Relationship between adiposity and body size reveals limitations of BMI

A Nevill, Antony Stewart, T Olds, Roger Holder

    Research output: Contribution to journalArticle

    179 Citations (Scopus)


    The aims of this study were to assess 1) whether the stature-adjusted body mass index (BMI) is a valid proxy for adiposity across both athletic and nonathletic populations, and 2) whether skinfold measurements increase in proportion to body size, thus obeying the principle of geometric similarity. The research design was cross-sectional, allowing the relationship between skinfold calliper readings (at eight sites and between specific athletic and nonathletic groups, n = 478) and body size (either mass, stature, or both) to be explored both collectively, using proportional allometric MANCOVA, and individually (for each site) with follow-up ANCOVAs. Skinfolds increase at a much greater rate relative to body mass than that assumed by geometric similarity, but taller subjects had less rather than more adiposity, calling into question the use of the traditional skin fold-stature adjustment, 170.18/stature. The best body-size index reflective of skinfold measurements was a stature-adjusted body mass index similar to the BMI. However, sporting differences in skinfold thickness persisted, having controlled for differences in body size (approximate BMI) and age, with male strength- and speed-trained athletes having significantly lower skinfolds (32% and 23%, respectively) compared with controls. Similarly, female strength athletes had 29% lower skinfold measurements compared to controls, having controlled for body size and age. These results cast serious doubts on the validity of BMI to represent adiposity accurately and its ability to differentiate between populations. These findings suggest a more valid (less biased) assessment of fatness will be obtained using surface anthropometry such as skinfolds taken by experienced practitioners following established procedures.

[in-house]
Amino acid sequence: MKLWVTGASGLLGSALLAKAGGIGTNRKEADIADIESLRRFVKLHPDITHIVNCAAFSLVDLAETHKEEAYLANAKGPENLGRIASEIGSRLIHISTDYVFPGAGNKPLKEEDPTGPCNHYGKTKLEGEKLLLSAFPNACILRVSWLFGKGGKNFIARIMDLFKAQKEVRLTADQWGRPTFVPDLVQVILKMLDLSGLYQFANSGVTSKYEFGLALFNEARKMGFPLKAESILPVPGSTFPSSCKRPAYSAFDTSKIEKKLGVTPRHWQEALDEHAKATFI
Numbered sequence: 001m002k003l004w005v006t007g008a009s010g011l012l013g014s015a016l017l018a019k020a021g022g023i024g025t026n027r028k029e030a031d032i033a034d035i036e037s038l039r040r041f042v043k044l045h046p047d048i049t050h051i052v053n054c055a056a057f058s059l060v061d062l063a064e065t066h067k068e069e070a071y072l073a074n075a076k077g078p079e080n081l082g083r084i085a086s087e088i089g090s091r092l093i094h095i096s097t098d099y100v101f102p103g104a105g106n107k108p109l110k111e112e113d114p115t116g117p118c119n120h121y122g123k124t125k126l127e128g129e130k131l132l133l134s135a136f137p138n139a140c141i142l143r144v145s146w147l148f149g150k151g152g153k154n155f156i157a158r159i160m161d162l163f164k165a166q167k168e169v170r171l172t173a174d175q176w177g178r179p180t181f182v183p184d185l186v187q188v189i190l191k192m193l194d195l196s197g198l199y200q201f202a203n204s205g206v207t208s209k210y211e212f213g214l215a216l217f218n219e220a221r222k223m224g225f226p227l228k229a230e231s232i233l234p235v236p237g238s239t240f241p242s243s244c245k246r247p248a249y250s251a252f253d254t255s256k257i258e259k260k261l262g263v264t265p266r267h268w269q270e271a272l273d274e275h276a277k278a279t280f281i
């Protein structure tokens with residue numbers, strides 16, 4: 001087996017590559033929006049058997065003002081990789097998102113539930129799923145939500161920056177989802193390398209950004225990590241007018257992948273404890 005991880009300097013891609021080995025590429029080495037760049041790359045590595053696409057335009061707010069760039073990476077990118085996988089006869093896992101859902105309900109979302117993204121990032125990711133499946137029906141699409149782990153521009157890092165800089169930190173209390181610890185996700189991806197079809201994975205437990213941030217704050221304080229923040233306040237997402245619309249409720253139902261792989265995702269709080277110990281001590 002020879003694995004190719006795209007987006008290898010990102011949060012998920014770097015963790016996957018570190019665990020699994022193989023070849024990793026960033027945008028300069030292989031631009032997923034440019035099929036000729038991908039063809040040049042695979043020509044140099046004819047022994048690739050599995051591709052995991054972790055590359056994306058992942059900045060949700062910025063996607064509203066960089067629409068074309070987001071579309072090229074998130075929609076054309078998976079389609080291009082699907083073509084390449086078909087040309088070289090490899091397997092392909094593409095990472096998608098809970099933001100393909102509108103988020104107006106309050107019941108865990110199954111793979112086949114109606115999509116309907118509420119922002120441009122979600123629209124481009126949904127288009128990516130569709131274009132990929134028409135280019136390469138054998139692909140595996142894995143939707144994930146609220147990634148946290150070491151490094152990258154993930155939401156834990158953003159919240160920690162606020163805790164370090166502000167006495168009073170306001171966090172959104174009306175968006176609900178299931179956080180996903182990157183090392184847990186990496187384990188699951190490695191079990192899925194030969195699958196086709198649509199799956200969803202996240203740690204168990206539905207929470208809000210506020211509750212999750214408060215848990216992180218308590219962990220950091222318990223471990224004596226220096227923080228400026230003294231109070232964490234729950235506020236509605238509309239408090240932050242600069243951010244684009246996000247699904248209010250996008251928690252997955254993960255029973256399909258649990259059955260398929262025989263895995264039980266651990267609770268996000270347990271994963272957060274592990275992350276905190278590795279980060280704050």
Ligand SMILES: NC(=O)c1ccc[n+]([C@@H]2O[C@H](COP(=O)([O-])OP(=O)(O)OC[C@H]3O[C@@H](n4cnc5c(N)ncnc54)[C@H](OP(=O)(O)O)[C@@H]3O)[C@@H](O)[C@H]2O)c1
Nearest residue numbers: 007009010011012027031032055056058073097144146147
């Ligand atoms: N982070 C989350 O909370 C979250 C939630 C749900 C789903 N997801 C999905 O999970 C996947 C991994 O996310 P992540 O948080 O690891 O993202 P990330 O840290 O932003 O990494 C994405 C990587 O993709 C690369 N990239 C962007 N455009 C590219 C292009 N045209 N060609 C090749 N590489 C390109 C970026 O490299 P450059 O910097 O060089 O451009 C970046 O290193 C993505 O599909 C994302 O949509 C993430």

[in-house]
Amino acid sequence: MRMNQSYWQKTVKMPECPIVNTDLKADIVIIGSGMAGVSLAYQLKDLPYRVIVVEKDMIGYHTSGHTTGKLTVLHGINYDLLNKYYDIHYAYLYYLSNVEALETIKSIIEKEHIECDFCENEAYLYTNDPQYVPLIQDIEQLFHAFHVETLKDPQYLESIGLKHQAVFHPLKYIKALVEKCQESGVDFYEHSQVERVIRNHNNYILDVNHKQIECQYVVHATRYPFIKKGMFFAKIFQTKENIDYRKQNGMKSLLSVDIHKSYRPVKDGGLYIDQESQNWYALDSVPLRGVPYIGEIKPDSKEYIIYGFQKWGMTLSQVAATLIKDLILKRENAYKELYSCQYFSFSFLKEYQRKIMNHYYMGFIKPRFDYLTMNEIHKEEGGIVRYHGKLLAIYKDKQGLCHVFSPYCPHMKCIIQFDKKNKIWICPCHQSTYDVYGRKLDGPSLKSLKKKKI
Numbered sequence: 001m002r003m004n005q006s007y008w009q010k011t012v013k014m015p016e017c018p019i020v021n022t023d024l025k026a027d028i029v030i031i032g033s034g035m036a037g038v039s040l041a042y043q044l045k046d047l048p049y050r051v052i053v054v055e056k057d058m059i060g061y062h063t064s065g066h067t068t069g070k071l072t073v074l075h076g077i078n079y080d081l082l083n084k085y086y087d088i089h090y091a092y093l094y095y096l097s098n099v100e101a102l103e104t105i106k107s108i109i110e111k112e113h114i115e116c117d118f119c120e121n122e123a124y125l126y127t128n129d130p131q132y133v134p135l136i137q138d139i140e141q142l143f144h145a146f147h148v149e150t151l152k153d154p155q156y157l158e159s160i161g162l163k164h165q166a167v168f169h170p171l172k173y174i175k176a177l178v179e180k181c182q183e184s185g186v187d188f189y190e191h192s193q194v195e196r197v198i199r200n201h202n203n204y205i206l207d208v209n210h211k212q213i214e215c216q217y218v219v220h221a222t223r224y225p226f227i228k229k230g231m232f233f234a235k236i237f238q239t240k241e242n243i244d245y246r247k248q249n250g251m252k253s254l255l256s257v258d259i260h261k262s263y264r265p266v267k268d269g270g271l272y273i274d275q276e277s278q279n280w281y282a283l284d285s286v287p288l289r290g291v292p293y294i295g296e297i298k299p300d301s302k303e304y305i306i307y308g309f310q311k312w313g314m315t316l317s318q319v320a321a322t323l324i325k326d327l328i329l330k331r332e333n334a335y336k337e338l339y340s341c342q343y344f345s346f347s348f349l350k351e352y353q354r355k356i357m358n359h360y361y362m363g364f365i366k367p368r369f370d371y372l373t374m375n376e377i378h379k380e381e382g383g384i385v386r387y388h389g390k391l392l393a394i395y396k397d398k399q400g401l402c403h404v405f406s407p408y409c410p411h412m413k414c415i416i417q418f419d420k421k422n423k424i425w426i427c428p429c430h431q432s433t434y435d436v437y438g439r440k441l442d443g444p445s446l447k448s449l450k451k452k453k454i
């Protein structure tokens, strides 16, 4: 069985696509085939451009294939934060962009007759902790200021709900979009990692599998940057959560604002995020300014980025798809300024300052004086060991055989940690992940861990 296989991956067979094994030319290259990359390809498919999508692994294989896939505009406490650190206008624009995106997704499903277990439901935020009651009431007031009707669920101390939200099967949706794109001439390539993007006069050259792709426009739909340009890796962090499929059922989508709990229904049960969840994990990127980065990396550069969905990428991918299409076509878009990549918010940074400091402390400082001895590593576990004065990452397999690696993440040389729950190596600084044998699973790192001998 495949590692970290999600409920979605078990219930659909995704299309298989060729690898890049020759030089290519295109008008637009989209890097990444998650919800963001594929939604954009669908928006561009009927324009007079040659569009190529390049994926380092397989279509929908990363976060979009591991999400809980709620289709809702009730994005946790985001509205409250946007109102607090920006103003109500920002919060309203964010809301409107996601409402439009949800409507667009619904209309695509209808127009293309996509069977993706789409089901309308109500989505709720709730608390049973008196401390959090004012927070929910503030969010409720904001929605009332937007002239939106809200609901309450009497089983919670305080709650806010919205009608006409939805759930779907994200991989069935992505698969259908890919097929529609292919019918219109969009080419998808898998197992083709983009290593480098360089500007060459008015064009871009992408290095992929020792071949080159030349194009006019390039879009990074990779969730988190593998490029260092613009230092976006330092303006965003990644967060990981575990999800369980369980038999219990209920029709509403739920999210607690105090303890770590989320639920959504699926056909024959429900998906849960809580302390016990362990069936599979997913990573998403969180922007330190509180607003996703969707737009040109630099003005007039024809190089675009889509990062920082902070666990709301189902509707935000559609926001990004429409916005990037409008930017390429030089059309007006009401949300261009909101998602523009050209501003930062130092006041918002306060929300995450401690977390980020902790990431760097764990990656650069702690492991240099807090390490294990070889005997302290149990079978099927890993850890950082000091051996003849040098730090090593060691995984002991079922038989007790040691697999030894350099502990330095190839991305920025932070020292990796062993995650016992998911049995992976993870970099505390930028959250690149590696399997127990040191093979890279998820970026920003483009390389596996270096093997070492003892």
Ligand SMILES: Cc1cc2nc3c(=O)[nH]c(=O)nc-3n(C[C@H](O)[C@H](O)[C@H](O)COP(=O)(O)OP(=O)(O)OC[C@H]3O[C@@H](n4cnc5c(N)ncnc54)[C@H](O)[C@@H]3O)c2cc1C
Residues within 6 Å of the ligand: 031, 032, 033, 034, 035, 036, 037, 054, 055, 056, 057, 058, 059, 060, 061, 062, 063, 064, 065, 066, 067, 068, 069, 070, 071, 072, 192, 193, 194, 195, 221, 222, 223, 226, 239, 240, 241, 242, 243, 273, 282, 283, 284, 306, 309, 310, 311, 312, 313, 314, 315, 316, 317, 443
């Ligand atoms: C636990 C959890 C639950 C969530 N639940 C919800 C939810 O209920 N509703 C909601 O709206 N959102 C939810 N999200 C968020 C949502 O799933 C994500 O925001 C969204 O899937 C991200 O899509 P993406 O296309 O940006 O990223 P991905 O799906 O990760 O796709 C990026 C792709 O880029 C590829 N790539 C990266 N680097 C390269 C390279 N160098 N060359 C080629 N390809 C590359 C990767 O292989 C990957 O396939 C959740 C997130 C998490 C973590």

Original languageEnglish
    Pages (from-to)151-156
    Number of pages6
    JournalAmerican Journal of Physical Anthropology
    Publication statusPublished - 1 Jan 2006


    Dive into the research topics of 'Relationship between adiposity and body size reveals limitations of BMI'. Together they form a unique fingerprint.

    Cite this